What Are the Food Additives to Avoid?

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  • Written By: Amanda R. Bell
  • Edited By: E. E. Hubbard
  • Last Modified Date: 09 October 2019
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In most cases, food additives serve three purposes: to preserve, to enhance flavor, or to change the appearance of the food. While most are considered safe for human consumption, there are some food additives to avoid if possible. Certain ones can cause adverse reactions in those sensitive to the substances, especially food dyes and monosodium glutamate, also known as MSG. Others, such as trans fats and high fructose corn syrup (HFCS) can have a negative effect on cholesterol and can cause weight gain.

Food dyes are found in the vast majority of prepackaged foods, especially flavored potato chips and candy. Certain people are naturally predisposed to have an allergic reaction to these food additives, especially FD&C Yellow #5, which can cause a small amount of people to break out in hives. Other food additives to avoid include Blue #1, Blue #2, and Yellow #6, which have been banned in Norway due to the increased risk of chromosomal damage and the development of tumors discovered during testing done on laboratory animals.


MSG, a common flavor-enhancing food additive in canned foods and some Chinese cuisine, can cause a reaction known as MSG symptom complex in those who are sensitive to it. This reaction can result in swelling, loss of sensation in the face or neck, heart palpitations, and stomach issues. While these symptoms are usually temporary, they can be extremely uncomfortable and, in rare cases, temporarily debilitating for those sensitive, making this one of many food additives to avoid.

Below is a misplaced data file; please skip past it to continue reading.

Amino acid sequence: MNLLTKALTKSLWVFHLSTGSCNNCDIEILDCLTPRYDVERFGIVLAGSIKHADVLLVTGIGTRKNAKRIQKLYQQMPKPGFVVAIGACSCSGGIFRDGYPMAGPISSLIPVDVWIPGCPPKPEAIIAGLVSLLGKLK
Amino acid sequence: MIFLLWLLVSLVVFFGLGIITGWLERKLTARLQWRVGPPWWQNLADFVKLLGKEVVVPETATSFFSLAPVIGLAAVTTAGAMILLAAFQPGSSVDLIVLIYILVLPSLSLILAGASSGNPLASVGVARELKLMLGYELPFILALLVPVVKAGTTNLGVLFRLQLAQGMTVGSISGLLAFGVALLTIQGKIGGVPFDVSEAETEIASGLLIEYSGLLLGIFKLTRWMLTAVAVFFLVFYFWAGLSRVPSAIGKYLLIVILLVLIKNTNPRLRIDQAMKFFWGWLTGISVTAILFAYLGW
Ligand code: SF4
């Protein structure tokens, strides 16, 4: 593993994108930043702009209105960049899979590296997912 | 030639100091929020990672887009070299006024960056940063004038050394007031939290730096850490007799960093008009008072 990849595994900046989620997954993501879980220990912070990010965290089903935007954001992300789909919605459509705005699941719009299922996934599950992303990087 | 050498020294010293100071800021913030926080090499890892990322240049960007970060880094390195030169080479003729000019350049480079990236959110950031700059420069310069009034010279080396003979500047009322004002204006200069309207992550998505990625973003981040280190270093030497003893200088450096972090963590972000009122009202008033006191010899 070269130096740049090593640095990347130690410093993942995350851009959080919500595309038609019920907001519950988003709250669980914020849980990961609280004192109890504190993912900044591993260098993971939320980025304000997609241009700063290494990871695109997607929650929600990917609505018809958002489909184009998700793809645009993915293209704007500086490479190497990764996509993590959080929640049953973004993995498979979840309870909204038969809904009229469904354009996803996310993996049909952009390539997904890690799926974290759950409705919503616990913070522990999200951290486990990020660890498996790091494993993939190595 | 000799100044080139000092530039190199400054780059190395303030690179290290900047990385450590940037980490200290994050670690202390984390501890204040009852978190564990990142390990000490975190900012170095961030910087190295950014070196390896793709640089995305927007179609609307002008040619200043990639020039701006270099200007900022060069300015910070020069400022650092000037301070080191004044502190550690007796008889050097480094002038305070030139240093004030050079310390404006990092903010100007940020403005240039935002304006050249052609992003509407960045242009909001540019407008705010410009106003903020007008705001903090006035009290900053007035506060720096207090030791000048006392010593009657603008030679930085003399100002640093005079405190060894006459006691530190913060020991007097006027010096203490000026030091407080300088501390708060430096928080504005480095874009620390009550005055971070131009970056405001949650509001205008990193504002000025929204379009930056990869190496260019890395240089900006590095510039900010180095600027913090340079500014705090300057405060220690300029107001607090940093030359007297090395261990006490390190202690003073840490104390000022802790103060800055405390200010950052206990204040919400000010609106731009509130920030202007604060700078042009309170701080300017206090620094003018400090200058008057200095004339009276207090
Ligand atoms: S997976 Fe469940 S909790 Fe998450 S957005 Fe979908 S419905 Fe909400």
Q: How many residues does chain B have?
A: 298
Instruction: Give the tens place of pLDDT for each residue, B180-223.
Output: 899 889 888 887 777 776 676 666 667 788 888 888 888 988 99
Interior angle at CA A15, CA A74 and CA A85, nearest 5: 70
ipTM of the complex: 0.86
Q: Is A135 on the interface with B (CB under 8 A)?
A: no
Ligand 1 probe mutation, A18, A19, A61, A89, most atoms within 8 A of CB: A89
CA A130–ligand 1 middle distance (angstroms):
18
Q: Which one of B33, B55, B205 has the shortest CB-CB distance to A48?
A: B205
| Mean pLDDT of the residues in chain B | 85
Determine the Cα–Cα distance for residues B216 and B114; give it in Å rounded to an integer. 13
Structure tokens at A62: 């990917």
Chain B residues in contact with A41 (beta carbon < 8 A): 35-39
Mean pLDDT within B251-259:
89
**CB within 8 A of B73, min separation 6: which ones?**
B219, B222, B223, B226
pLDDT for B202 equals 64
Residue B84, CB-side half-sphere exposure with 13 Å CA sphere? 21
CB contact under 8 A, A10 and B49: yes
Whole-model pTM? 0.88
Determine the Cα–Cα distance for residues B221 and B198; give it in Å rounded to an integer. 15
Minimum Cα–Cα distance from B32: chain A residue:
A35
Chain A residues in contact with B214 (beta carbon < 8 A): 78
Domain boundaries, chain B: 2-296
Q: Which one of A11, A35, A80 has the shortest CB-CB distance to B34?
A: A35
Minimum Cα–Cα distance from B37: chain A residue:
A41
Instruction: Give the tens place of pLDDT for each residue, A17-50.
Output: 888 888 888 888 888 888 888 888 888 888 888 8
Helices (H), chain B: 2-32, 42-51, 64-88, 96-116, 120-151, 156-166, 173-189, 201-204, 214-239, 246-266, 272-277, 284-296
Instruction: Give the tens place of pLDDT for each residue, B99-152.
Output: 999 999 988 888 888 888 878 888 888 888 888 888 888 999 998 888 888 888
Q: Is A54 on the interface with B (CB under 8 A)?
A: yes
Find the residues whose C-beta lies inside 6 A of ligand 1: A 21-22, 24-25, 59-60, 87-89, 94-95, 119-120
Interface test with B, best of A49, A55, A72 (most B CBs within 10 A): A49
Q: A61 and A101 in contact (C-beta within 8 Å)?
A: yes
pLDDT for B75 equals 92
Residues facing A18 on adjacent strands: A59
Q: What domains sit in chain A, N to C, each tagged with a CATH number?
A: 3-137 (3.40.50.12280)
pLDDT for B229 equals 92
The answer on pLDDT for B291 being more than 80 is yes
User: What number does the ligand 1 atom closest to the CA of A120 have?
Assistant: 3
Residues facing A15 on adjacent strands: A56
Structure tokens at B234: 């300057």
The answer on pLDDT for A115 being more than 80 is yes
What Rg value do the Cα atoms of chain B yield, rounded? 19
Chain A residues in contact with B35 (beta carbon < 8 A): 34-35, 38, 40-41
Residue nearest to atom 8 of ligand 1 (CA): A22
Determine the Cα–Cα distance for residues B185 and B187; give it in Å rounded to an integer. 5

Trans fats typically used to extend a food’s shelf life or to enhance its flavor are considered one of the top food additives to avoid, and have been effectively banned in many different countries, including Denmark. The consumption of trans fats, most commonly found in fast food, prepackaged cookies, and breads, as well as margarine, a butter substitute, has been linked to an increase in bad cholesterol and a decrease in good cholesterol. This combination of reactions can increase a person’s risk of heart attacks or strokes, and may be partially responsible for the development of diabetes.

The use of HFCS in prepackaged foods and drinks is highly controversial, despite the fact that research is inconclusive as of 2011. HFCS have been linked to an increase in weight, although it is unclear whether it causes more weight gain than regular sugar. In general, the problem with HFCS is that it is found in a large majority of prepackaged foods, even those that are not meant to be sweet. For this reason, those who eat processed foods typically consume a higher amount of HFCS than is healthy without realizing it. For this reason, this artificial sweetener is considered one of the food additives to avoid or limit, as it is typically recommended that the majority of people not consume excess sugar, or sugar substitutes, in the first place.


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